This is a guest post by Dr. Stella Panayotova, Keeper of Manuscripts and Printed Books at the Fitzwilliam Museum.
In 2015 Cambridge University Library acquired a rare modern book about a unique medieval manuscript (F201.b.4.1). One of only 999 copies printed in 2015, it is a facsimile of a Book of Hours made in Angers c.1450. While the original manuscript is among the treasures of the Bibliothèque nationale de France in Paris (MS NAL 3244), the facsimile supports research and teaching in Cambridge. Faithfully recreating the richly illuminated and highly personalised prayer book, precious and tiny (10 x 7.8 cm) like a jewel, the facsimile invites the modern-day reader-viewer to relive the experience of the manuscript’s early owners.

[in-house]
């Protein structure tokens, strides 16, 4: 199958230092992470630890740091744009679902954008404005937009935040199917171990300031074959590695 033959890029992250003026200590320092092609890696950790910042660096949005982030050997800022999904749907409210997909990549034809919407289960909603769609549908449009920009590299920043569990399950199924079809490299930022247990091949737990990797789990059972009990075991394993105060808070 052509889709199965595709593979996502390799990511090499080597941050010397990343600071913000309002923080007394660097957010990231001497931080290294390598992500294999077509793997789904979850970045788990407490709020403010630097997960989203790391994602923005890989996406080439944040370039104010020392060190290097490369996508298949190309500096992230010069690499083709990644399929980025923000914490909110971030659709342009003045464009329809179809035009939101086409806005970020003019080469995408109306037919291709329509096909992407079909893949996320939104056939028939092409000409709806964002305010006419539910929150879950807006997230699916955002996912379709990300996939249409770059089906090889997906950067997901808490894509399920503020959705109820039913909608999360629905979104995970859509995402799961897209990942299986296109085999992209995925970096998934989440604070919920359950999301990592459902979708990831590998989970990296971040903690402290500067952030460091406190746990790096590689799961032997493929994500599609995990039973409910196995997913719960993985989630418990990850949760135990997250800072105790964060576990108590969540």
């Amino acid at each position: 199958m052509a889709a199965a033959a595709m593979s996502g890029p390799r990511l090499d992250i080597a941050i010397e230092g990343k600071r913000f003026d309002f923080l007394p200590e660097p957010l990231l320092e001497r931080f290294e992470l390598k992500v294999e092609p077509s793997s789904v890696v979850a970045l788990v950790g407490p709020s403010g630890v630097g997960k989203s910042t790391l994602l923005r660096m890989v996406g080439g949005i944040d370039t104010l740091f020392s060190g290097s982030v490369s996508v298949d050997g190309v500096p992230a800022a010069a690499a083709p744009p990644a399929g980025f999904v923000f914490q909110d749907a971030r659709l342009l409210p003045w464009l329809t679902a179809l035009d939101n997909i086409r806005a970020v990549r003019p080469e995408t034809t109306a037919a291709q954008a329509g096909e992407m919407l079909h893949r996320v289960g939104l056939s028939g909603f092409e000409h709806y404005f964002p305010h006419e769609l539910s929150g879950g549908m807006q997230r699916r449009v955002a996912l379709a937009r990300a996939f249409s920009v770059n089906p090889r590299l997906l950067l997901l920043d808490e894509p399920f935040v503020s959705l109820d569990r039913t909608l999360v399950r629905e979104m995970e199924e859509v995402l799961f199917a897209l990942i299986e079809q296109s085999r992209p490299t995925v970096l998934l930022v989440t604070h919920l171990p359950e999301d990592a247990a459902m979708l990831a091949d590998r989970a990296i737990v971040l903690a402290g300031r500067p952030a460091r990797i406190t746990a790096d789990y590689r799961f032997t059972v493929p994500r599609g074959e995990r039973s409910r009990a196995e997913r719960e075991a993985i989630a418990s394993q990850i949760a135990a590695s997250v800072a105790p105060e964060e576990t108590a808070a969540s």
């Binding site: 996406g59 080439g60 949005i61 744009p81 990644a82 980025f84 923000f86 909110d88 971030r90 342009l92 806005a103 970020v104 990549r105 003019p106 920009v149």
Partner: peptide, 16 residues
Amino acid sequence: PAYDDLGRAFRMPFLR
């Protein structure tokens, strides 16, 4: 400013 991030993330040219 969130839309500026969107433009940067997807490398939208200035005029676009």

The Book of Hours belonged to Jeanne de France (1438-1482), daughter of Charles VII. She may have received it as a wedding gift upon her marriage in 1452 to Jean, Count of Clermont, who would become Duke of Bourbon in 1456. The coats of arms sprinkled throughout the Book of Hours reveal Jeanne de France’s ownership as well as the fact that after her death the Duke of Bourbon re-gifted the manuscript to his next wife, Catherine d’Armagnac. Continue reading